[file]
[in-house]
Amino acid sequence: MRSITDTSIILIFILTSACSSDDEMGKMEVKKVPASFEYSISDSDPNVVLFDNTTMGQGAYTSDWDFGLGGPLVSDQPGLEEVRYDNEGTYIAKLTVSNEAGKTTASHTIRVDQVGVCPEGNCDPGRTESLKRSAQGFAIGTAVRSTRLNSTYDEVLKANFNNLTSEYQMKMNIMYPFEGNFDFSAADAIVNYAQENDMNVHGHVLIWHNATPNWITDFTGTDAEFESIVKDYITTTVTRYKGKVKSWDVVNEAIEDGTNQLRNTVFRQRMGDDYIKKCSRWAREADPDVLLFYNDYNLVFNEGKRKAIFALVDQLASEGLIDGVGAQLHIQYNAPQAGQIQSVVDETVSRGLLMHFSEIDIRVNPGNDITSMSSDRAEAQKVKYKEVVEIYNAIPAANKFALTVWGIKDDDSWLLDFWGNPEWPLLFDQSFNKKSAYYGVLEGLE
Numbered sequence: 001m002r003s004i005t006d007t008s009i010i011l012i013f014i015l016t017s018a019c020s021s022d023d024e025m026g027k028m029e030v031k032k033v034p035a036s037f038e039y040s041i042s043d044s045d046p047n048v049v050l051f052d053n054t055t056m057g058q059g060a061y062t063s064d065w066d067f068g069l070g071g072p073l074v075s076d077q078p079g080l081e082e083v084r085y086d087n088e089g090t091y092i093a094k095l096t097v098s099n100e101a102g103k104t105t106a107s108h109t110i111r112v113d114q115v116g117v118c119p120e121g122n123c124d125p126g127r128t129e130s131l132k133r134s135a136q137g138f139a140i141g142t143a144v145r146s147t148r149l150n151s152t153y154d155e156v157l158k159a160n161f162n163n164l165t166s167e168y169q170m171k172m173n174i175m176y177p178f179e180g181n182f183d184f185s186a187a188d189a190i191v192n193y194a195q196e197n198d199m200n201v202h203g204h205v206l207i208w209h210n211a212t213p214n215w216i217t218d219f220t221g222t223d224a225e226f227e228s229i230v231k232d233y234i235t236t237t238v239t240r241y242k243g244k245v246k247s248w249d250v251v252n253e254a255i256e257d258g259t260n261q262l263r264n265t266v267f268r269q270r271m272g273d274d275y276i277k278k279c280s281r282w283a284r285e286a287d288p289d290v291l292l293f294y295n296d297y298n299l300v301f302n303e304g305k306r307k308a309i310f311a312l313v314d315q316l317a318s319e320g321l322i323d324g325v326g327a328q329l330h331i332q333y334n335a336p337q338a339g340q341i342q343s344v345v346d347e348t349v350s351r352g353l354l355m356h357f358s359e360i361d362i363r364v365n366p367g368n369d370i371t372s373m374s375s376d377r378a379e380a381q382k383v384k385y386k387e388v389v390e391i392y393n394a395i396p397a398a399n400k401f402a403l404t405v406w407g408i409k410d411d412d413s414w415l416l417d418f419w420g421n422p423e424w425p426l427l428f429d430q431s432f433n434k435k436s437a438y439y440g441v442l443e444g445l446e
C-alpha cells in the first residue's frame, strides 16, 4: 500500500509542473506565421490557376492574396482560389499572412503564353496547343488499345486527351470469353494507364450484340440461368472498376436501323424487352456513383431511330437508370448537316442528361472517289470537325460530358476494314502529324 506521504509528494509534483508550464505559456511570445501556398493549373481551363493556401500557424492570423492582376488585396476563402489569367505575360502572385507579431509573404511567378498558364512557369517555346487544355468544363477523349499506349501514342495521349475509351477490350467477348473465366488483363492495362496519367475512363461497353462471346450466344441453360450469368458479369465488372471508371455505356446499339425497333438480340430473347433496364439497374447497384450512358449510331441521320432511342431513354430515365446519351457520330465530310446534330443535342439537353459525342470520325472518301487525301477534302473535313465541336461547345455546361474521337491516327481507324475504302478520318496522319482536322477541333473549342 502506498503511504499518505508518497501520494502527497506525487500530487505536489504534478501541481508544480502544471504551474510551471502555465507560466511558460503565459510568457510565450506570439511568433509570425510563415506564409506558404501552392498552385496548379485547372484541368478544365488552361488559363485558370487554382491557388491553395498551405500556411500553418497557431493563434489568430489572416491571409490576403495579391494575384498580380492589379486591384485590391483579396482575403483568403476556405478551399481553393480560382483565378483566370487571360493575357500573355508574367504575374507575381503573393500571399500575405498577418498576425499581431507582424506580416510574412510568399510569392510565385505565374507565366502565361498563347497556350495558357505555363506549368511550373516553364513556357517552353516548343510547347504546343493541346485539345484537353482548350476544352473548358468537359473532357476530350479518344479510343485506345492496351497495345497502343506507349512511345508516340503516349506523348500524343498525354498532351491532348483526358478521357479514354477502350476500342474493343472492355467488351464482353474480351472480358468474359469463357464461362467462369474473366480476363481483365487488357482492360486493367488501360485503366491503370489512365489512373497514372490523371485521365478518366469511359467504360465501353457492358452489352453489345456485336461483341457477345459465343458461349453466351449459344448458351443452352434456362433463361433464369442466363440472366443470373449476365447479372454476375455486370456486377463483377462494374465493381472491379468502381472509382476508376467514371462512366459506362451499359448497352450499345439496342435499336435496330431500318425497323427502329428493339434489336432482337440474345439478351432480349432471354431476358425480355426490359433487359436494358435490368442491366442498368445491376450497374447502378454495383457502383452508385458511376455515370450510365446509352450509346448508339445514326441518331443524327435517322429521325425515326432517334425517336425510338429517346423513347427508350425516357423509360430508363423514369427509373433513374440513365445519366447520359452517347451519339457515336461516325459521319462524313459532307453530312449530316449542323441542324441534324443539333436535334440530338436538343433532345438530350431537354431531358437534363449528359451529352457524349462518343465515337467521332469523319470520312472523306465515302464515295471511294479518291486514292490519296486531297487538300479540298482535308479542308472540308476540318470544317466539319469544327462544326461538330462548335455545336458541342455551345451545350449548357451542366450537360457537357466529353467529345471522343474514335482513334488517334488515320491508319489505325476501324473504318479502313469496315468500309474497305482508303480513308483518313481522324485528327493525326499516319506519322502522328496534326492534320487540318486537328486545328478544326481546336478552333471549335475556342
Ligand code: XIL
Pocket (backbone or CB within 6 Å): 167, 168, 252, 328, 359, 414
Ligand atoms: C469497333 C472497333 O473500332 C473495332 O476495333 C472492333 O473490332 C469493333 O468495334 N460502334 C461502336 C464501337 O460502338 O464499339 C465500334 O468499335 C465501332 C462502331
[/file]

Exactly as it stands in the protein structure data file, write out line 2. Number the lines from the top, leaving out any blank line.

Amino acid sequence: MRSITDTSIILIFILTSACSSDDEMGKMEVKKVPASFEYSISDSDPNVVLFDNTTMGQGAYTSDWDFGLGGPLVSDQPGLEEVRYDNEGTYIAKLTVSNEAGKTTASHTIRVDQVGVCPEGNCDPGRTESLKRSAQGFAIGTAVRSTRLNSTYDEVLKANFNNLTSEYQMKMNIMYPFEGNFDFSAADAIVNYAQENDMNVHGHVLIWHNATPNWITDFTGTDAEFESIVKDYITTTVTRYKGKVKSWDVVNEAIEDGTNQLRNTVFRQRMGDDYIKKCSRWAREADPDVLLFYNDYNLVFNEGKRKAIFALVDQLASEGLIDGVGAQLHIQYNAPQAGQIQSVVDETVSRGLLMHFSEIDIRVNPGNDITSMSSDRAEAQKVKYKEVVEIYNAIPAANKFALTVWGIKDDDSWLLDFWGNPEWPLLFDQSFNKKSAYYGVLEGLE